Design Statement The narrative begins with a dream of the women of the Bauhaus’ vision, aiming to integrate education and industry through socialist principles. Inspired by these women, the proposal manifests a Women’s school of architecture, enabling women to find their passion and fulfill their aspirations through crafts. Female students enrolled in the school complete a postgraduate architecture programme in the span of two years. The scheme is designed for many purposes. Primarily, it will serve as an educational facility for students to learn and work. It will also serve as accommodation for students to eat, sleep, bathe, launder clothes, etc. Moreover, it will incorporate a communal area for classmates to socialise and form long-term relationships encouraging women to support one another. In principle, the all inclusive proposal aims to create a space, isolated from the maledominated world, for women to nurture and grow, away from suppressing forces.   The proposed client is the RIBA. Funds from such institutions will be of great benefit for all involved parties. RIBA’s investment in future female architects will further encourage them to achieve their fullest potential. The school expresses a typology where divisions between workplace, home and leisure are diminished. It adopts an interwoven spatial language, interspersing production spaces with gardens to create a multi-orientational experience while preserving the building’s sense of transparency. It supports the re-engaging of craftsmanship whilst overlapping it with contemporary technologies of the 21st century. Spaces that make up the scheme’s programme include six workshop buildings (Enclosure (textiles), Welding, Dramatic Arts, mechanical representation (photography), Manual Representation (painting) and Casting). It also includes sleeping units, a library and a communal dining hall. Where each production space intersects with another is a space for experimentation. Each building references the programme of the building to inform the architecture. For example, the enclosure building is an inhabited loom, where the interior walls of the building function as a vertical frame of thread for students to continuously create weavings from. For the dramatics arts building, which draws inspiration from Lilly Reich’s Velvet and Silk Cafe, curtains are used as partition walls and transition spaces throughout the building. Celebrating women in the architectural industry, commemorating their creative brilliance and their impact on art education in the twentieth century, the scheme aims to enable women to express their ideas and skills freely and with no bias.

Conceptual Collage: Representing Gender Inequality at the Bauhaus Bauhaus Women (Left to Right): Anni Albers, Marianne Brandt, Ilse Fehling, and Gertrud Arndt


Whitechapel, London As an international city, London is celebrated for its diversity in population. The East End has always been recognised for the wealth of cultures represented. Specifically, Whitechapel served as a system of this polyglot society, the ‘melting pot’ fusion of east and west. Historically, it has played host to a transient community – primarily for new immigrants. Bird Eye View of Site

Legend Site Schools

Site Location & Analysis: Whitechapel, London


6+)+*+387

6+)+*+387 Precedents

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/11=!+/).#+').+6'88.+'9.'97$+1:+8'3*"/10',+   Lilly Reich, Teacher at the Bauhaus, Velvet and Silk Cafe #.+/38+6/4675')+74,8.+6'2'8/)6879/1*/3-;+6+/375/6+*(=/11=!+/).>7$+1:+8'3*"/10',+9). #.+/38+6/4675')+74,8.+6'2'8/)6879/1*/3-;+6+/375/6+*(=/11=!+/).>7$+1:+8'3*"/10',+9). SPRL[OPZJHMLPUJVYWVYH[PUNJ\Y[HPUZPU[V[OLWYVWVZHSHSSV^Z^VTLU[VYVHT[OYV\NOMYLLÃ…V^PUNZWHJ (1927) SPRL[OPZJHMLPUJVYWVYH[PUNJ\Y[HPUZPU[V[OLWYVWVZHSHSSV^Z^VTLU[VYVHT[OYV\NOMYLLÃ…V^PUNZWHJ +78691=-+88/3-'7+37+4,8.+,'(6/)7966493*/3-8.+2 +78691=-+88/3-'7+37+4,8.+,'(6/)7966493*/3-8.+2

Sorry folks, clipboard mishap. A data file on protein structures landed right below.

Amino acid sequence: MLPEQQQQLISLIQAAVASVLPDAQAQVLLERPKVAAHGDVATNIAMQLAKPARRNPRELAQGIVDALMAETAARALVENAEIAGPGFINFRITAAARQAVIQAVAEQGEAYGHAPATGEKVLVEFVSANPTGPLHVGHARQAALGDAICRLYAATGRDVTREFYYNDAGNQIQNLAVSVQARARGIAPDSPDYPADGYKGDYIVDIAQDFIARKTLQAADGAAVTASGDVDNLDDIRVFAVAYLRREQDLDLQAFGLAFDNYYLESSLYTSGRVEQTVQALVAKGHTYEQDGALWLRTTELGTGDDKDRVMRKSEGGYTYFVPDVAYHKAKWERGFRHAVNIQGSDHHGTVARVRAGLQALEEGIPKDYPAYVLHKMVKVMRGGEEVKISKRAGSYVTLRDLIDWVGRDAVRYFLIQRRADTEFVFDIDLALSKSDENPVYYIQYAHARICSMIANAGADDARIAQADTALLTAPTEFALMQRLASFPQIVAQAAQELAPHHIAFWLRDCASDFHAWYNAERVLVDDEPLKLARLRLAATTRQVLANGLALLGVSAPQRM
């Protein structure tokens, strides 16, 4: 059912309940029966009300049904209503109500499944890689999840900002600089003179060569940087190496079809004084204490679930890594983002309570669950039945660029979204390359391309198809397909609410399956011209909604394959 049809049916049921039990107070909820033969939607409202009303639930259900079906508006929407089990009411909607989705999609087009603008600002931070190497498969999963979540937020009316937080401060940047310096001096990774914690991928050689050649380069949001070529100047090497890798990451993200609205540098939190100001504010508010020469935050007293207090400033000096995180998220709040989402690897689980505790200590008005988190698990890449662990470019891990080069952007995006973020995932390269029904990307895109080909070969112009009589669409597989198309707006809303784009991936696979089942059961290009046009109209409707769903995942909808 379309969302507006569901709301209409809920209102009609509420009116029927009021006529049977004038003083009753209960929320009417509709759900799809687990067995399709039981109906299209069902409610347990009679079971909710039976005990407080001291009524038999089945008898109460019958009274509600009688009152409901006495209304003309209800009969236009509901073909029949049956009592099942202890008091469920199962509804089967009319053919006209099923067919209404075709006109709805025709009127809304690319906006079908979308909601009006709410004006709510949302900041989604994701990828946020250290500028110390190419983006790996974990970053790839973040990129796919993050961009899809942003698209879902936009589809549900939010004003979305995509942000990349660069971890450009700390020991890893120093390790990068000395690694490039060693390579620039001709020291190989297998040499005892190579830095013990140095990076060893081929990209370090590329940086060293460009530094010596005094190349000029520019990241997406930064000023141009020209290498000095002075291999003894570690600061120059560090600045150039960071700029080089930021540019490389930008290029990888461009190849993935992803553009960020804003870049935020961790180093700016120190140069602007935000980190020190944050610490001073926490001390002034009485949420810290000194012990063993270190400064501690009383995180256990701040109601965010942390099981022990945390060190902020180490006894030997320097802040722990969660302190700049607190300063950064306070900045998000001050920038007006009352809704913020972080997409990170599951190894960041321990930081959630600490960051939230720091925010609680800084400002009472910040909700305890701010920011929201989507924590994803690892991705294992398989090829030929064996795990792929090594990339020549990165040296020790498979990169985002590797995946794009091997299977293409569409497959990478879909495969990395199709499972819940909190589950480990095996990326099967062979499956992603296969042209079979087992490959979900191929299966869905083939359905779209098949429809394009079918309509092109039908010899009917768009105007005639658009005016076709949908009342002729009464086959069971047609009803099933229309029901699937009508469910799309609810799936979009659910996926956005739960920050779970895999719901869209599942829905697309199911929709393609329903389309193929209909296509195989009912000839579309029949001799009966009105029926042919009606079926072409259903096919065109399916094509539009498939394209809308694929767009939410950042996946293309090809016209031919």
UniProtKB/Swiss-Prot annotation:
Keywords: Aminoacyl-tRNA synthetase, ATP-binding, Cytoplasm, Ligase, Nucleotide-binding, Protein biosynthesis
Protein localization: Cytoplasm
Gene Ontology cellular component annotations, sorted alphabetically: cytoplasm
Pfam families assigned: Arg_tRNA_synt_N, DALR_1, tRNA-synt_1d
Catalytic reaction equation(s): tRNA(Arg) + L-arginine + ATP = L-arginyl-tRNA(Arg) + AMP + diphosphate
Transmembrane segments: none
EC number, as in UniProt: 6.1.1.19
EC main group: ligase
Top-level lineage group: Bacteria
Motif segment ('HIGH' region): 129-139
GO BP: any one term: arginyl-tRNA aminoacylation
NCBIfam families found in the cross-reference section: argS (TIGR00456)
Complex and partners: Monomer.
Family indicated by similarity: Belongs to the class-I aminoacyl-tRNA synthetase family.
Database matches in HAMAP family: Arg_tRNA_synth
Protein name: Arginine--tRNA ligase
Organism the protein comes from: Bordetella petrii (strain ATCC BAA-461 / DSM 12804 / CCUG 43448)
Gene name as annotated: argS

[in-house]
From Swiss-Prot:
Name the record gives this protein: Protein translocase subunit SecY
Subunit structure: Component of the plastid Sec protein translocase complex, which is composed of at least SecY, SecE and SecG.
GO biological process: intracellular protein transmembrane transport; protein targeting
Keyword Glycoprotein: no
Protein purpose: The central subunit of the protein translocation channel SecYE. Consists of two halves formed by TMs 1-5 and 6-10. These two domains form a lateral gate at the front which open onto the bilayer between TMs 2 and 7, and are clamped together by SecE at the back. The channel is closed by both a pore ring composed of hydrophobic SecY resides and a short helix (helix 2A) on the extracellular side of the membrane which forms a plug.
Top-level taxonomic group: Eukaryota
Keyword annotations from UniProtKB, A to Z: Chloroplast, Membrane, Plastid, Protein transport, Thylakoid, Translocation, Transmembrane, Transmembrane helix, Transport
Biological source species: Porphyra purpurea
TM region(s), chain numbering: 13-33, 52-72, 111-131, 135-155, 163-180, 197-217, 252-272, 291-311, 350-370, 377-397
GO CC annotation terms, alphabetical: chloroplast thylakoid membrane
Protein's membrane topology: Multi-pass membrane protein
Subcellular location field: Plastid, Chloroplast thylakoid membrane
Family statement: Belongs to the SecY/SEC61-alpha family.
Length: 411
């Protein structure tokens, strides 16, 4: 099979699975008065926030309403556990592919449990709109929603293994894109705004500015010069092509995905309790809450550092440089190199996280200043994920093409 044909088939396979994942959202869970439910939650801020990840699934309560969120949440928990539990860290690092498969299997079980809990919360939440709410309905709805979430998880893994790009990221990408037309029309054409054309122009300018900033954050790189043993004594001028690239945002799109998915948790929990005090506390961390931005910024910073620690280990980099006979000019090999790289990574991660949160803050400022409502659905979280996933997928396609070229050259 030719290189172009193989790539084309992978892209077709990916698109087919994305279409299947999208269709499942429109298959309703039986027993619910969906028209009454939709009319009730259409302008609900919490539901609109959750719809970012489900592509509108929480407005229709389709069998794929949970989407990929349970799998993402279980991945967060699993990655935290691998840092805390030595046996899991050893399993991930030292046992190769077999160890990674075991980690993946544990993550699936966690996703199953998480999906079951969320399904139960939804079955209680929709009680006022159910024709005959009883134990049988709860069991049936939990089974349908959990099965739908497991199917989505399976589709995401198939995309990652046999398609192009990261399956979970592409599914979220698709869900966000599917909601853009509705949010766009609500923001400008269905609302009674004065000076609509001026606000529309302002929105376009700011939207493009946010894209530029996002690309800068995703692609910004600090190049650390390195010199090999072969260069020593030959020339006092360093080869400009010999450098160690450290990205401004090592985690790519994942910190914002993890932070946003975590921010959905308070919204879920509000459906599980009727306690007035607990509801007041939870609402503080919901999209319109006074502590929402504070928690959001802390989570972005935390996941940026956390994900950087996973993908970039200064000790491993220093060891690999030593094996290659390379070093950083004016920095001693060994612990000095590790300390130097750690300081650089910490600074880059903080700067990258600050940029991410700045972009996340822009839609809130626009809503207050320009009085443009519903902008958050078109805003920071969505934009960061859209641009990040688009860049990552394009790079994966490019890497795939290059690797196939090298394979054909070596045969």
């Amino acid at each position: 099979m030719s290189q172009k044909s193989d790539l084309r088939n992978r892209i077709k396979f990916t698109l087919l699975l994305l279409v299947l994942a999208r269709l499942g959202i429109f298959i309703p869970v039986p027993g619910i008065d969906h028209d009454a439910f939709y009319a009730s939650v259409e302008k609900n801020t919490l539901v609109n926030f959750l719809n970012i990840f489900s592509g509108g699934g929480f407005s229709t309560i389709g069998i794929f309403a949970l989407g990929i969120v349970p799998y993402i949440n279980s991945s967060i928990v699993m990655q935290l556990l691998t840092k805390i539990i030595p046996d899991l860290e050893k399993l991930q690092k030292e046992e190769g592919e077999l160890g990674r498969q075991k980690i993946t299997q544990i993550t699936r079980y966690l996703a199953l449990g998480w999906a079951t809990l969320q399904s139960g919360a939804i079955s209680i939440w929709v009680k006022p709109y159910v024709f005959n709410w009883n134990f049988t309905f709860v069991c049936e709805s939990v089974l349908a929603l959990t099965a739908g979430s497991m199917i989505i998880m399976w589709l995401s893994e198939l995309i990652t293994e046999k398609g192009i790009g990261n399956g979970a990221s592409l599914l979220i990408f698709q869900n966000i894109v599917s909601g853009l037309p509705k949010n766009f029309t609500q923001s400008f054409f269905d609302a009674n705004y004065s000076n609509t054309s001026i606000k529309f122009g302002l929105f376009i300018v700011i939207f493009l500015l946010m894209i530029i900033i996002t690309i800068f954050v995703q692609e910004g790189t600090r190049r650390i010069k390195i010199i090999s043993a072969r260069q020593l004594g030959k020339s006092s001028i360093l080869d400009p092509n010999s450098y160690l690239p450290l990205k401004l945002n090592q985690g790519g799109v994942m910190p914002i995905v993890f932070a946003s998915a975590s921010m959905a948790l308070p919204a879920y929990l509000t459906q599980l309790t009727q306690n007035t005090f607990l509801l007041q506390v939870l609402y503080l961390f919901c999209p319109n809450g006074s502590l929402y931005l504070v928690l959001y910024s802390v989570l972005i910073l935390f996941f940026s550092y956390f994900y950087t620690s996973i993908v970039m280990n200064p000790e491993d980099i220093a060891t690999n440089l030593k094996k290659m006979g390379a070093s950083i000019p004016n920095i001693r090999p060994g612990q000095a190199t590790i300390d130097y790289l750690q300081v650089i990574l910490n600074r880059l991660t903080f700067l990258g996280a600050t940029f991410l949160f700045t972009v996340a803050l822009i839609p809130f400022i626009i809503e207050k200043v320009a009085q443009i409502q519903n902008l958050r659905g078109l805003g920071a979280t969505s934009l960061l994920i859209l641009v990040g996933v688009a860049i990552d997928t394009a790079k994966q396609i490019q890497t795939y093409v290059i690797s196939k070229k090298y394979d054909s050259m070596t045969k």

The interior spaces of the Dramatic Arts Building were inspired by Lilly Reich’s Velvet and Silk Cafe. Much like this /11=!+/).#+').+6'88.+'9.'97$+1:+8'3*"/10',+   cafe, incorporating curtains into the proposal allows women to roam through free-flowing spaces, truly getting a sense of #.+/38+6/4675')+74,8.+6'2'8/)6879/1*/3-;+6+/375/6+*(=/11=!+/).>7$+1:+8'3*"/10',+9). SPRL[OPZJHMLPUJVYWVYH[PUNJ\Y[HPUZPU[V[OLWYVWVZHSHSSV^Z^VTLU[VYVHT[OYV\NOMYLLÅV^PUNZWHJ the fabric surrounding them. +78691=-+88/3-'7+37+4,8.+,'(6/)7966493*/3-8.+2 6+)+*+387

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Key Spaces

1. Individual Weaving Workshops 2. Cafe+="5')+7 and Dining Hall

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Proposed Ground Floor Plan 64547+*6493*1446 1'3 ")'1+   Scale 1:200


Precedent

Precedents

Precedent

S�erre Fehn� �ordic Pa�illion in �enice The �elding and Painting building of my proposal was inspired by the �ordic Pa�illion in �enice. �ncor� porating a similar space inside my building� the internal courtyards are additional spaces where students could do welding and painting outdoors.

Sverre Fehn, Nordic Pavillion in Venice

S�erre Fehn� �ordic Pa�illion in �enice Key Spaces Precedent The �elding and Painting building of my proposal was inspired by the �ordic Pa�illion in �enice. �ncor� porating a similar space inside my building� the internal courtyards are additional spaces where students 1. Textile Studios could weldingRoof andTerrace painting outdoors. 2.do Outdoor

The Welding and Painting building of my proposal was 3. Experimenting with Textile and Ceramics inspired by the Nordic Pavillion in Venice. Incorporating a 4. Sleeping Hammocks similar spaceStudio inside my building, the internal courtyards are 5. Objectification Key Spaces 6. Library additional spaces where students could do welding and 1. Textile Studios 7. Textile Studios painting 2. Outdoor Roofoutdoors. Terrace 8. Experimenting with Costume and Textile 3. Experimenting with Textile and Ceramics 9. Sleeping Units 4. Sleeping Hammocks 5. Objectification Studio 6. Library 7. Textile Studios 8. Experimenting with Costume and Textile 9. Sleeping Units 9 7

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S�erre Fehn� �ordic Pa�illion in �enice 4